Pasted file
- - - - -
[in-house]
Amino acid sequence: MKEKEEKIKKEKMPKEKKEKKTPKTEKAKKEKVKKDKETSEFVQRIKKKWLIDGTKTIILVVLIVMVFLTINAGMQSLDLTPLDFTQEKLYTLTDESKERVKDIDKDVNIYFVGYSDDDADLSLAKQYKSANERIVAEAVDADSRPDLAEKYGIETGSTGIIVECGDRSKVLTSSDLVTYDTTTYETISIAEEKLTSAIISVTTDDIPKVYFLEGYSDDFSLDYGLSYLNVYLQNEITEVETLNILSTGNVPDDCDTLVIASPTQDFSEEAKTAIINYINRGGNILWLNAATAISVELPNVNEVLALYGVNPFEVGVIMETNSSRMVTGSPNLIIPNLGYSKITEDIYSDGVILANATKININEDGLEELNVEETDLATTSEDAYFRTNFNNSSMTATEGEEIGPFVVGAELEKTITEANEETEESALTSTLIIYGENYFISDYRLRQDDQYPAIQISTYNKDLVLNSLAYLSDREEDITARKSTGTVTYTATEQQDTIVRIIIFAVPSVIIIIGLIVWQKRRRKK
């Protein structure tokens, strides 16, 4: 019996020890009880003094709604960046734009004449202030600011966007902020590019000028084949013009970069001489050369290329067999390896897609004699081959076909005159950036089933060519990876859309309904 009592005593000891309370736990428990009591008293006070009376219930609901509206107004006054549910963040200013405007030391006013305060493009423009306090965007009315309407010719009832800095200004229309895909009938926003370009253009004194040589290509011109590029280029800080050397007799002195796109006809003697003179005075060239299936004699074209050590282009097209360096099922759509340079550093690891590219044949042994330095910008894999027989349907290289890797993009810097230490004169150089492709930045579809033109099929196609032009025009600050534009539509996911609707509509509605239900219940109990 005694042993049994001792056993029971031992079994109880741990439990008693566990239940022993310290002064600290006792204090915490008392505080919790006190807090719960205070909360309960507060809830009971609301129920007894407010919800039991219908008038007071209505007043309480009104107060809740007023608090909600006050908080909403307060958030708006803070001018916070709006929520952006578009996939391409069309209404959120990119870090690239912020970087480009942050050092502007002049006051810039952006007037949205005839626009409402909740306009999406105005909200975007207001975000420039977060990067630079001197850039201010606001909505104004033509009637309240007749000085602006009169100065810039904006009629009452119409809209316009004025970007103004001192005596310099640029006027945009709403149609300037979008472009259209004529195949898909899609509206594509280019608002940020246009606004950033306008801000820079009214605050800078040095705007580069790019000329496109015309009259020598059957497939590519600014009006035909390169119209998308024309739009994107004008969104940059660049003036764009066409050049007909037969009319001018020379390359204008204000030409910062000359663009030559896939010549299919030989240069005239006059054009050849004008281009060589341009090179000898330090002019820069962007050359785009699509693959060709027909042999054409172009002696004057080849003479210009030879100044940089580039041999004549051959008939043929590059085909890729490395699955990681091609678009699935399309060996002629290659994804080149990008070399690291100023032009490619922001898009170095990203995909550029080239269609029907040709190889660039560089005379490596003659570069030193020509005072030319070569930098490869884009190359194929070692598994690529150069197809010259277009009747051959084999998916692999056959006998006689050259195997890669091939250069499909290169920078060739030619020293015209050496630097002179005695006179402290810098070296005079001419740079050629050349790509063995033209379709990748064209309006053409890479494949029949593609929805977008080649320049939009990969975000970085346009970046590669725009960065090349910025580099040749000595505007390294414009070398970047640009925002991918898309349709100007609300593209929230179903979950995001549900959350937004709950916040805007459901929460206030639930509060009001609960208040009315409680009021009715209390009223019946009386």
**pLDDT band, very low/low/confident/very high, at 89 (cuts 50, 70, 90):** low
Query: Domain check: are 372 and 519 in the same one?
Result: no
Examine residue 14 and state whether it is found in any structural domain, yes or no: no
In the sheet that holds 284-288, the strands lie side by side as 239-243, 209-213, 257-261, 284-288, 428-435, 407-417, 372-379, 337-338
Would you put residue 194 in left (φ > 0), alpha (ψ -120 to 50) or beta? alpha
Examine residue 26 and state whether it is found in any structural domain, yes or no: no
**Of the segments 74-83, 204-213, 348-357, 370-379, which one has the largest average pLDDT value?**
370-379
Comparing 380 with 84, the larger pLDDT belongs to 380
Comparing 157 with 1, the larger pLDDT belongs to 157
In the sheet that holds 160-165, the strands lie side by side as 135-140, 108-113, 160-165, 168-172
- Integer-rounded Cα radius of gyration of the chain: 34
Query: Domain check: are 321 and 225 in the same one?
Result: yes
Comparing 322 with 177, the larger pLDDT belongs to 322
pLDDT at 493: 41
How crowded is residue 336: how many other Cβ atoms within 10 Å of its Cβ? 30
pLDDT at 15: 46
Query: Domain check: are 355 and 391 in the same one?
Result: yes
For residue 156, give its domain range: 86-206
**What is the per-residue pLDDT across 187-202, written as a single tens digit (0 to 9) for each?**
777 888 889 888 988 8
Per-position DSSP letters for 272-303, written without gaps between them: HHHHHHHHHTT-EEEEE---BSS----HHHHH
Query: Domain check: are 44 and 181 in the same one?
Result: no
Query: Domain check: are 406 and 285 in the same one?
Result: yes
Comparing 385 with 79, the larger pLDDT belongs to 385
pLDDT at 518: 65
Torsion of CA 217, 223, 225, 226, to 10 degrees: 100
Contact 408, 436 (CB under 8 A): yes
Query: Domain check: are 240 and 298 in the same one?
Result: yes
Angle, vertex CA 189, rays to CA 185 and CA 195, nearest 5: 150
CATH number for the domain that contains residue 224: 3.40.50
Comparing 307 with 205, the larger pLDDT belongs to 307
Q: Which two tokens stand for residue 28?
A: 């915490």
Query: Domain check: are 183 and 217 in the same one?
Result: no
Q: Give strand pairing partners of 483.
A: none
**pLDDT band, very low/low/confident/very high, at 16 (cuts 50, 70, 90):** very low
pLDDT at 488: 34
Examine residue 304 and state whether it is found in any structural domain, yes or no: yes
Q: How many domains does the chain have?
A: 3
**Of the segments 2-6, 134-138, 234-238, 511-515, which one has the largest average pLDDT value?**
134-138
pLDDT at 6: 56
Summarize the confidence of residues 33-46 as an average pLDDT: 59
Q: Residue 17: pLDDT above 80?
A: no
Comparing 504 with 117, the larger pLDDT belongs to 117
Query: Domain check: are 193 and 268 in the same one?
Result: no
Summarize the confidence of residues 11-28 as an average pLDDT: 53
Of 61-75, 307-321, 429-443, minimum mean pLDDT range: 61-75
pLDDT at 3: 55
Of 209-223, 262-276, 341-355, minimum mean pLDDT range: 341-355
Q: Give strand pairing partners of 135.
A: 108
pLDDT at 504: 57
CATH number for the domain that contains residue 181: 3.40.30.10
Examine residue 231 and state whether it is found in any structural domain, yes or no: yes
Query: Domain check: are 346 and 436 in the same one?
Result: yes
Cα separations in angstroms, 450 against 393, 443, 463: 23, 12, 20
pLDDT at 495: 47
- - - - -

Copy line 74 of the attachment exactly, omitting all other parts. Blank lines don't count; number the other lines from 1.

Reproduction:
pLDDT at 495: 47